found in our lab02.cpp file. Also, you may assume the class type T we test your list with will consist of comparable types
(int, double, float, char, string, etc.) where comparison operations, {<, <=, >=, >, ==, ! =}, are well defined.
• You CANNOT modify any function prototypes (function declarations); otherwise, your program may not compile with
our tester program when we grade it, which may result in a grade of zero on the assignment.
• Your List class must use the provided Node class. You CANNOT use data structures found in the C++ STL for your
List class, which includes, vector, stack, list, queue, set, array, etc. The purpose of this lab is to implement a linked list
class, not to use the already implemented list class in the STL. The use of any data structures in C++ STL will result
in a grade of 0 on this lab. However, you may use the string class (used in the print function in List.h). Also, you may
use arrays for testing purposes in lab02.cpp, but you cannot use arrays in your list class.
• As aforementioned, your List class cannot use any built-in sorting functions. The use of any built-in sorting functions
will result in a zero on this assignment.
• Your List class must compile and run with unmodified versions of Node.h, lab02.cpp, and Makefile to produce the same
output as our examples. If your class does not, then you’ll need to fix it. After you get your class working with our test
program, then you should create several examples on your own to further test your program to make sure it works with
any valid set of test cases.
Your C++ source code should be in a file called List.h, and it should be compiled (along with our provided lab02.cpp and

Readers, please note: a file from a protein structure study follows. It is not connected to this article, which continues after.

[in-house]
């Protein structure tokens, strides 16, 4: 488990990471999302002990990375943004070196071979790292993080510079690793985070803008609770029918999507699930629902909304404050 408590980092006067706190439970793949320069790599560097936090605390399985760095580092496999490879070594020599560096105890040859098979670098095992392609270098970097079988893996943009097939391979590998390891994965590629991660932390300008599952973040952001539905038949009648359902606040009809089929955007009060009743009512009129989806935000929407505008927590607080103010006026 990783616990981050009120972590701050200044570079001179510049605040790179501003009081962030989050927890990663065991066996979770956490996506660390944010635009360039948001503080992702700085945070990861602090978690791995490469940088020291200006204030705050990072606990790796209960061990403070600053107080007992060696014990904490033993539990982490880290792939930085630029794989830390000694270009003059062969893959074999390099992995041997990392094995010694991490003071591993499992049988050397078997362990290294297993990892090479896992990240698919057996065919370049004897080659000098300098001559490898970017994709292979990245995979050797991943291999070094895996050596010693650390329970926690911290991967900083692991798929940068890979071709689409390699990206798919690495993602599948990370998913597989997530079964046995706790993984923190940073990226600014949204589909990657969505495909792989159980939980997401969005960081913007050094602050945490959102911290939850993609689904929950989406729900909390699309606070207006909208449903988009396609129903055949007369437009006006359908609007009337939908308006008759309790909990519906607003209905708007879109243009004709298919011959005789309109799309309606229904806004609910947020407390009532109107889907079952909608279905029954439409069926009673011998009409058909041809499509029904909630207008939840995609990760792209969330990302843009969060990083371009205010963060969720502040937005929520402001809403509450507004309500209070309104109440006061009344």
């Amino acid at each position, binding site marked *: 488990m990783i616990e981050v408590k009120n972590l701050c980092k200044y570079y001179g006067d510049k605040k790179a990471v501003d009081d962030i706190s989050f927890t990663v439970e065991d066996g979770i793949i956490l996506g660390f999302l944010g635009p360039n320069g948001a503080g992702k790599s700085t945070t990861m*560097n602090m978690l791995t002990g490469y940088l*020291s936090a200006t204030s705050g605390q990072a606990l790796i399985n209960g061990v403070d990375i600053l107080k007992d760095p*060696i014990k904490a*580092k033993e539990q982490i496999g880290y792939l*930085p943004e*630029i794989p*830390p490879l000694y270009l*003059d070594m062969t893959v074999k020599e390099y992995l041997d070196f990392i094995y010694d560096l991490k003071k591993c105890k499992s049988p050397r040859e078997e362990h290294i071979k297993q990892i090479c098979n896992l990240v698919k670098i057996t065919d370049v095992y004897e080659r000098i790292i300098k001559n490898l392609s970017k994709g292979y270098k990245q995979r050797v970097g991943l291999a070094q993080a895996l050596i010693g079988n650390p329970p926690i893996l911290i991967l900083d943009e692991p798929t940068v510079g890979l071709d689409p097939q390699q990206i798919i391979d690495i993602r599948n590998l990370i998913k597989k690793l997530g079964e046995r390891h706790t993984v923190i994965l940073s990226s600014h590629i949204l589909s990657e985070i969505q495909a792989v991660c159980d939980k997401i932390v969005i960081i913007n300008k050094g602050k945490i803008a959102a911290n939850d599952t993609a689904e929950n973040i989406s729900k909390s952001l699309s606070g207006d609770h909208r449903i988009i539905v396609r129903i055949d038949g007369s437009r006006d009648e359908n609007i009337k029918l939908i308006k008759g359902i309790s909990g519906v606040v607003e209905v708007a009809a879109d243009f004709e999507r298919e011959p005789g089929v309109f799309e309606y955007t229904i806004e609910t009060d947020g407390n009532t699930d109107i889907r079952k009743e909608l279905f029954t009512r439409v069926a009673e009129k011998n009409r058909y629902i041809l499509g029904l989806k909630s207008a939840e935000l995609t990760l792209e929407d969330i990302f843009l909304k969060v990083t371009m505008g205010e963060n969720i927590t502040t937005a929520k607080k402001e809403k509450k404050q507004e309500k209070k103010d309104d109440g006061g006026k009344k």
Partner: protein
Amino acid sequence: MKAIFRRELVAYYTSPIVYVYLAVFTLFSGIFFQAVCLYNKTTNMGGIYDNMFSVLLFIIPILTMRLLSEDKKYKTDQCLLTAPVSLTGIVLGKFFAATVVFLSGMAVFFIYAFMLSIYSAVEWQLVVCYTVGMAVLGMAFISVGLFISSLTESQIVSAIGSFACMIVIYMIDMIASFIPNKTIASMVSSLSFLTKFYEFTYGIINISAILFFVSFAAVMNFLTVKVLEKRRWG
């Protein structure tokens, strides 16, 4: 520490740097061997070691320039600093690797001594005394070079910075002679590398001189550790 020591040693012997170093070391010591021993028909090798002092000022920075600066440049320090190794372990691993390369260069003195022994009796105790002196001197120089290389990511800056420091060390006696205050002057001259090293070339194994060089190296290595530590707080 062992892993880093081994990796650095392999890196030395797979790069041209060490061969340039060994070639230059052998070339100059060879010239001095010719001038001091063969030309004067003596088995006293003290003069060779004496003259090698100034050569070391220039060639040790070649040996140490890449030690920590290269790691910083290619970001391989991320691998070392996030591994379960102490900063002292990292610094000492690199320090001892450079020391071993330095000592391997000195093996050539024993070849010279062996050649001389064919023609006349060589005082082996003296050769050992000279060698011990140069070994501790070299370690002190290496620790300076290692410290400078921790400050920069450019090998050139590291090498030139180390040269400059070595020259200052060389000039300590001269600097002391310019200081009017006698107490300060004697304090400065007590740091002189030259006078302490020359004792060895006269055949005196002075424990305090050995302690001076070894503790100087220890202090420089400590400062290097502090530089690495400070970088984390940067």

Node.h files) into an executable called lab02.out using our provided Makefile. The output of our testing program in
lab02.cpp with your List class implementation must look exactly like the examples below when run on the command line on
our Unix machines.
list1: size = 0, values =
list1: size = 1, values = -2
list1: size = 2, values = 4 -2
list1: size = 3, values = 4 -2 -8
list1: size = 4, values = 16 4 -2 -8
list1: size = 5, values = 16 4 -2 -8 -32
list1: size = 6, values = 64 16 4 -2 -8 -32
list1: size = 7, values = 64 16 4 -2 -8 -32 -128
list1: size = 8, values = 256 64 16 4 -2 -8 -32 -128
list1: size = 9, values = 256 64 16 4 -2 -8 -32 -128 -512
list1: size = 10, values = 1024 256 64 16 4 -2 -8 -32 -128 -512
list2: size = 1, values = Sisko
list2: size = 2, values = Sisko Janeway
list2: size = 3, values = Sisko Picard Janeway
list2: size = 4, values = Sisko Picard Kirk Janeway
list2: size = 5, values = Zoey Sisko Picard Kirk Janeway
list2: size = 6, values = Zoey Sisko Picard Kirk Janeway Frodo
Worf is not in list2 🙁
list3: size = 1, values = z
list3: size = 2, values = z p
list3: size = 3, values = z r p
list3: size = 4, values = z r p p
list3: size = 5, values = z r p p d
list3: size = 6, values = z r p p d a